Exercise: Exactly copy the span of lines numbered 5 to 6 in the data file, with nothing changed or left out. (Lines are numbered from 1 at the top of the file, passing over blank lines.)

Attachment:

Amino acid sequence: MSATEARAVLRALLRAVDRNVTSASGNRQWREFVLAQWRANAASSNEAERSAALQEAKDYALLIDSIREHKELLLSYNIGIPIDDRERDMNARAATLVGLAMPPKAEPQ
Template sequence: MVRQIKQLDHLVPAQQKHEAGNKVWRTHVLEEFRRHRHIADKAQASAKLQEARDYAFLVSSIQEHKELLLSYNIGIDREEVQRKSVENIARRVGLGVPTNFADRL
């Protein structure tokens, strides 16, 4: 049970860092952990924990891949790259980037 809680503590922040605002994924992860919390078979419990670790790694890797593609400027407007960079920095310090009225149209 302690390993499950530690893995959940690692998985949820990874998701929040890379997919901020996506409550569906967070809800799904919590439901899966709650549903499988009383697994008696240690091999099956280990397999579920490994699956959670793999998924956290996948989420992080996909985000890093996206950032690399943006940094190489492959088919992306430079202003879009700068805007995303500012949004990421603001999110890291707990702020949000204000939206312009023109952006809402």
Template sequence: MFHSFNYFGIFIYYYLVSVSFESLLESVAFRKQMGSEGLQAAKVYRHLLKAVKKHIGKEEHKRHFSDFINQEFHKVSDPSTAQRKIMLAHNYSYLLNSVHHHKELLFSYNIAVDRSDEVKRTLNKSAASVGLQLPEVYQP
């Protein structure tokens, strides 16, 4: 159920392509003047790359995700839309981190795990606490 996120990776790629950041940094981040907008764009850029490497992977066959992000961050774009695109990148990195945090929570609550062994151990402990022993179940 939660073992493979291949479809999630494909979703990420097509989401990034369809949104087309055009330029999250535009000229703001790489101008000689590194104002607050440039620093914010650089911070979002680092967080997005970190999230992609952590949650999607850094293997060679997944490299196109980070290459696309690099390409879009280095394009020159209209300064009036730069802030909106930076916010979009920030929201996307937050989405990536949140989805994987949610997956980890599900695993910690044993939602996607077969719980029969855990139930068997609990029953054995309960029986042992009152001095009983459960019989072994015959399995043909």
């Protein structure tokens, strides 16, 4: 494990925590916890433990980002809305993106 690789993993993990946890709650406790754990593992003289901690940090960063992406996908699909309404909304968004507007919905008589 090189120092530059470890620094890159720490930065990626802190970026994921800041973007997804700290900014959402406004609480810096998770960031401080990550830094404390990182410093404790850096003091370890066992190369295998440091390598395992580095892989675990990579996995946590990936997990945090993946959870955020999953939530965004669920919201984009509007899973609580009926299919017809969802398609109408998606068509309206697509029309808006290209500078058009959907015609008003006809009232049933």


């Protein structure tokens, strides 16, 4: 159920392509003047790359995700839309981190795990606490 996120990776790629950041940094981040907008764009850029490497992977066959992000961050774009695109990148990195945090929570609550062994151990402990022993179940 939660073992493979291949479809999630494909979703990420097509989401990034369809949104087309055009330029999250535009000229703001790489101008000689590194104002607050440039620093914010650089911070979002680092967080997005970190999230992609952590949650999607850094293997060679997944490299196109980070290459696309690099390409879009280095394009020159209209300064009036730069802030909106930076916010979009920030929201996307937050989405990536949140989805994987949610997956980890599900695993910690044993939602996607077969719980029969855990139930068997609990029953054995309960029986042992009152001095009983459960019989072994015959399995043909």
């Protein structure tokens, strides 16, 4: 494990925590916890433990980002809305993106 690789993993993990946890709650406790754990593992003289901690940090960063992406996908699909309404909304968004507007919905008589 090189120092530059470890620094890159720490930065990626802190970026994921800041973007997804700290900014959402406004609480810096998770960031401080990550830094404390990182410093404790850096003091370890066992190369295998440091390598395992580095892989675990990579996995946590990936997990945090993946959870955020999953939530965004669920919201984009509007899973609580009926299919017809969802398609109408998606068509309206697509029309808006290209500078058009959907015609008003006809009232049933």